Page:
On October 25, the commander of the 2 Army reported to Cadorna that the breakthrough of the front of the 4 Corps had led to the fall of the entire defense line east of Isonzo, that the enemy was attacking Kreda, successfully attacking Stol and pressing on Luiko. Alpine Arrows defended so stubbornly that they were able to move away from Pletstso and Monte Nero, but the enemy took this position as well. Austro-German troops also took the mountain Matajur. October 26 The 2-I army could not hold on the rear line of defense and the breakthrough reached the width of 28-30 km and 10-15 km in depth. Cadorna ordered the troops to retreat to the Tagliamento River. The 4-I Italian army also had to withdraw from the Cadorian Alps to a new line of defense. For the first time since the beginning of the war in the Isonzo area, the enemy entered Italian territory.
On the morning of October 27, the 3rd Army of the Duke of Aost received an order to withdraw. The positions that Italians seized at the cost of such enormous losses had to be abandoned. The 3rd Army was not defeated, but there was a threat of an enemy breakthrough to the rear, and it could be surrounded. Before the retreat, the lowlands were flooded to slow the movement of the enemy. The evacuation of troops from the coastal region on the right flank of the 3rd Italian army was carried out with the help of fleet. The naval command received an order about this on October 26 and carried it out, despite adverse factors - unrest at sea, high water at Isonzo, attempts to counter the enemy fleet and aviation. At the same time, several thousand sailors strengthened the coastal defense, trying to prevent the enemy’s bypass movement along the seashore. After the successful evacuation of people and a large amount of military equipment, the fleet set about solving the task of strengthening the defense of Venice.
Huge masses of people, guns and carts rushed to the rear. Part of the troops went in good order, maintaining morale, discipline and weapon. Especially distinguished troops 3-th army, which did not suffer defeat. However, in many Italian parts panic reigned, they turned into crowds of dissolved rabble. The big disorder in the columns of the retreating troops was made by refugees, whose number reached 400 thousand people. As far as possible, troops destroyed bases and depots, blew up bridges, but Austro-German troops seized a huge amount of weapons, supplies and military materials.
October 29 The 3 Army managed to retreat beyond the Isonzo without any problems. Her left flank was covered by the right wing of the 2 Army (6 and 8 Corps), which was subordinated to the Duke of Aosta. However, the 7 body was still crushed by the enemy. On the same day, the Austro-German army captured Udine, from where the high command and the headquarters of the 2 army barely managed to leave. General Cadorna tried to counteract the advance of the enemy, throwing one brigade after another into an ever-expanding breakthrough. However, without much success. The High Command formed a new special corps, General Di Giorgio, who was supposed to restrain the offensive of the enemy.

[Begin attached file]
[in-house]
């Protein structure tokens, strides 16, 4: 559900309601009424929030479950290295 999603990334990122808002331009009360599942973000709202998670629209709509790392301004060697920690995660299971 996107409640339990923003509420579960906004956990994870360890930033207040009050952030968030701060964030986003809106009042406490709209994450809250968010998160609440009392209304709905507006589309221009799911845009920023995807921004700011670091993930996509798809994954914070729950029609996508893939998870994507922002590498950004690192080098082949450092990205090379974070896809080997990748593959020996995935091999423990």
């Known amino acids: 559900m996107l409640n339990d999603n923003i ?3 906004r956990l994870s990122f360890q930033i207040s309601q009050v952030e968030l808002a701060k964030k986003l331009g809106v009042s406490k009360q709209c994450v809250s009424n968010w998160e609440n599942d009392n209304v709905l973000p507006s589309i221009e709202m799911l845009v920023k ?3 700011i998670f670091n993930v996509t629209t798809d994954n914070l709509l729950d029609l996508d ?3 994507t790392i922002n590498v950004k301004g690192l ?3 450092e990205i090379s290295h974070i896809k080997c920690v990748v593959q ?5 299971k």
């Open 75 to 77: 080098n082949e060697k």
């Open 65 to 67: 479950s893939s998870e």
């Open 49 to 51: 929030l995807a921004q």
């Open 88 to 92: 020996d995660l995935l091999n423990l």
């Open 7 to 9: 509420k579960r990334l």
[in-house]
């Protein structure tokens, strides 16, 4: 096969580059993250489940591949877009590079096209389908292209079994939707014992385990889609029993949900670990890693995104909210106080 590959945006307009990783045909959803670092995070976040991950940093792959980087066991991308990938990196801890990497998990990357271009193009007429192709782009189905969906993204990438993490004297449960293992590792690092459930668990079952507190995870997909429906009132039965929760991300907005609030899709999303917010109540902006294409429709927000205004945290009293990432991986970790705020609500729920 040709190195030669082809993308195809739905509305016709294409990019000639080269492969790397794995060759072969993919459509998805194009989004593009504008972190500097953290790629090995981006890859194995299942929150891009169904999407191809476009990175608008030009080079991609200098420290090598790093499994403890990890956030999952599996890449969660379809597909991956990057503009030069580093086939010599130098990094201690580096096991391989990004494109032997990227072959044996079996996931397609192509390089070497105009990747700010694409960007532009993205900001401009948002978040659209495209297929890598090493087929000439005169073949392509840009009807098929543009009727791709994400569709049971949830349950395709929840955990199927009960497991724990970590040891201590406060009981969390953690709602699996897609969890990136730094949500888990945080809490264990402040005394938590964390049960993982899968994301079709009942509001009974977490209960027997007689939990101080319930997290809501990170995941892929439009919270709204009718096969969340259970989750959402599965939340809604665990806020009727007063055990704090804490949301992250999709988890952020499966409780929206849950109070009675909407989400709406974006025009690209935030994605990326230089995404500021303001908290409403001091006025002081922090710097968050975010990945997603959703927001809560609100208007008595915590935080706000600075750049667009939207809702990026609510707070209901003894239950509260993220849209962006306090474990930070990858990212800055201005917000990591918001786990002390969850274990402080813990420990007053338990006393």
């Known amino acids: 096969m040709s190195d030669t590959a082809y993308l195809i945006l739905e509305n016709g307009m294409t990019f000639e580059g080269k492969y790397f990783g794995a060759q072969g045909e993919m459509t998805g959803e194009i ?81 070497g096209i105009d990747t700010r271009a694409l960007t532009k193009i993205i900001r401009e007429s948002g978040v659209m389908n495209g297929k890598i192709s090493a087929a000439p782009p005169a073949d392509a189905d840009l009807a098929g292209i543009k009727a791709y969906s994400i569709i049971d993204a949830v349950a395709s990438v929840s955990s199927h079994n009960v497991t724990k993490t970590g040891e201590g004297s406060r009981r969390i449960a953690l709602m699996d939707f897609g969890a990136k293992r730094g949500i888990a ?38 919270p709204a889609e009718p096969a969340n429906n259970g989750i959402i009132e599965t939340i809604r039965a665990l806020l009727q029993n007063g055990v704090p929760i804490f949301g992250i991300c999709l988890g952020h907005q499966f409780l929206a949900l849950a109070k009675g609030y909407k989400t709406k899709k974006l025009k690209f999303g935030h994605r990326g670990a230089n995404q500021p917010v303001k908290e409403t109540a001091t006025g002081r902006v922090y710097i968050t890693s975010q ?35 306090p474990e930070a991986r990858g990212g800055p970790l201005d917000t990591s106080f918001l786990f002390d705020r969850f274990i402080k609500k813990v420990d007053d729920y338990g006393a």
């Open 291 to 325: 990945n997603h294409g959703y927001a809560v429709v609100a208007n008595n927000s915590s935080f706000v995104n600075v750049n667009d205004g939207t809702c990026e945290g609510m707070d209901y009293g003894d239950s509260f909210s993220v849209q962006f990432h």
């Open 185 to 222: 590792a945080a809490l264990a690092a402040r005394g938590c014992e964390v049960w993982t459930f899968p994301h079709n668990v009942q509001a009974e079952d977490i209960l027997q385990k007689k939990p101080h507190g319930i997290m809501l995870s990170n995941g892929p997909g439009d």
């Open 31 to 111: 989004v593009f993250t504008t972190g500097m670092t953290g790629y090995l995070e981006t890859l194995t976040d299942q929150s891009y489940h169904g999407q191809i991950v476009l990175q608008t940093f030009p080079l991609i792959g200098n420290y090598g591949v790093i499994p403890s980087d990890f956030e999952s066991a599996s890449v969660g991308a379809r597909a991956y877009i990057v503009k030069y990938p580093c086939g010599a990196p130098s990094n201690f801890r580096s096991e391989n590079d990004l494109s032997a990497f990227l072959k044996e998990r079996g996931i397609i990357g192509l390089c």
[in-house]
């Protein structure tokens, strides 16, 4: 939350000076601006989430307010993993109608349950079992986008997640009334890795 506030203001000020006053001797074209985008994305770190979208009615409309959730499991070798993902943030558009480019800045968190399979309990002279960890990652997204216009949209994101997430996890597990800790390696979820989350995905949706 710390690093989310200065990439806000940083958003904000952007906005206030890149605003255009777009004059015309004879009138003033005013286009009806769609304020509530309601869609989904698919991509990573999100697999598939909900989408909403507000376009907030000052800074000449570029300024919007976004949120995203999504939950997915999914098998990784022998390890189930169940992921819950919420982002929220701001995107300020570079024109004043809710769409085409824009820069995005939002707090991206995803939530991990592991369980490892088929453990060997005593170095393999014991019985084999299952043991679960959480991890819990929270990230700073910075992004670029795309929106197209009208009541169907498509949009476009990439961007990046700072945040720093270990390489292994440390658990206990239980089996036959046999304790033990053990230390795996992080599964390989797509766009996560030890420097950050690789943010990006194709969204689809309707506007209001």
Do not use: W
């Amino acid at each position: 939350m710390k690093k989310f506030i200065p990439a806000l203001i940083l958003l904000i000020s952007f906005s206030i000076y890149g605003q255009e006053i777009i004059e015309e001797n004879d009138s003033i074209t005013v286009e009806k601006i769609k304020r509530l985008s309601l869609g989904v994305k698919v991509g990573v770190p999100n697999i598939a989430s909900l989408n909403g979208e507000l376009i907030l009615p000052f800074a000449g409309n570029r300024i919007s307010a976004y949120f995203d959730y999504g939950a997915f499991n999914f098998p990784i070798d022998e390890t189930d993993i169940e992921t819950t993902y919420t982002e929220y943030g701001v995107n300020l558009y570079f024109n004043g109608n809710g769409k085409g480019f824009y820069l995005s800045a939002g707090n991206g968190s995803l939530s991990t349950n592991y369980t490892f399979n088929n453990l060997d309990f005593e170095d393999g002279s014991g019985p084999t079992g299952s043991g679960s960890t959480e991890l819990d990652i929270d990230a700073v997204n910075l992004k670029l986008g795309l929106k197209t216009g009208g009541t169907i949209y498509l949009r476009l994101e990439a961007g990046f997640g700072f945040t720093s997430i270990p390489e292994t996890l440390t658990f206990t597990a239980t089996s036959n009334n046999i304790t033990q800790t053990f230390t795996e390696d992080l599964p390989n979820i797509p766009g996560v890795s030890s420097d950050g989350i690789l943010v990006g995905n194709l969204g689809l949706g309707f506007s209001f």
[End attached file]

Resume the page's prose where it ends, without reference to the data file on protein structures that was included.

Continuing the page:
Thus, the troops of the 2 and 3 armies and the Carnius group retreated. The 4 Army began its retreat from the Cadorian Alps. Initially, he planned to organize a new line of defense on the Tagliamento River, but this was not possible. Then they decided to stop the enemy on Piave.
Italian troops retreat
Retreating 2 Italian Army in Udine
The continuation of the battle
England and France, seeing the catastrophic situation in Italy, declared their readiness to support the allies. On the morning of October 30, General Foch arrived in Treviso, where the supreme Italian command was relocated. Soon British and French divisions began to arrive in Italy (before the end of the year 11 arrived). Military historian General Andrei Zayonchkovsky wrote: “Some of the vehicles were transported [by the French] by rail to Nice, for two weeks they worked on bringing infantry and supplies. Part of the convoy independently passed [from France] through the Alps, making the transition through mountain passes with a height of 1500 meters on roads covered with snow, with sharp turns and frequent ascents. ”
Cadorna wanted to send the Allied forces to the wooded upland of Montello, which dominated the middle course of the Piave River. Also, the area linked the 4 Army, retreating from the Cadore Alps, with the 3 Army on the lower course of Piave, while the remnants of the 2 Army would be put in order. But Foch opposed. He was afraid that the Italian troops developed at Caporetto would bring chaos to the allied units. In addition, the new line of defense was not ready. Foch believed that the Italians themselves should stop the enemy on the lines of Tagliamento and Piave, and in the region of Trentino. Foch decided to keep the French troops between Brescia and Verona for the time being. The French and British troops in Italy submitted only to their commanders.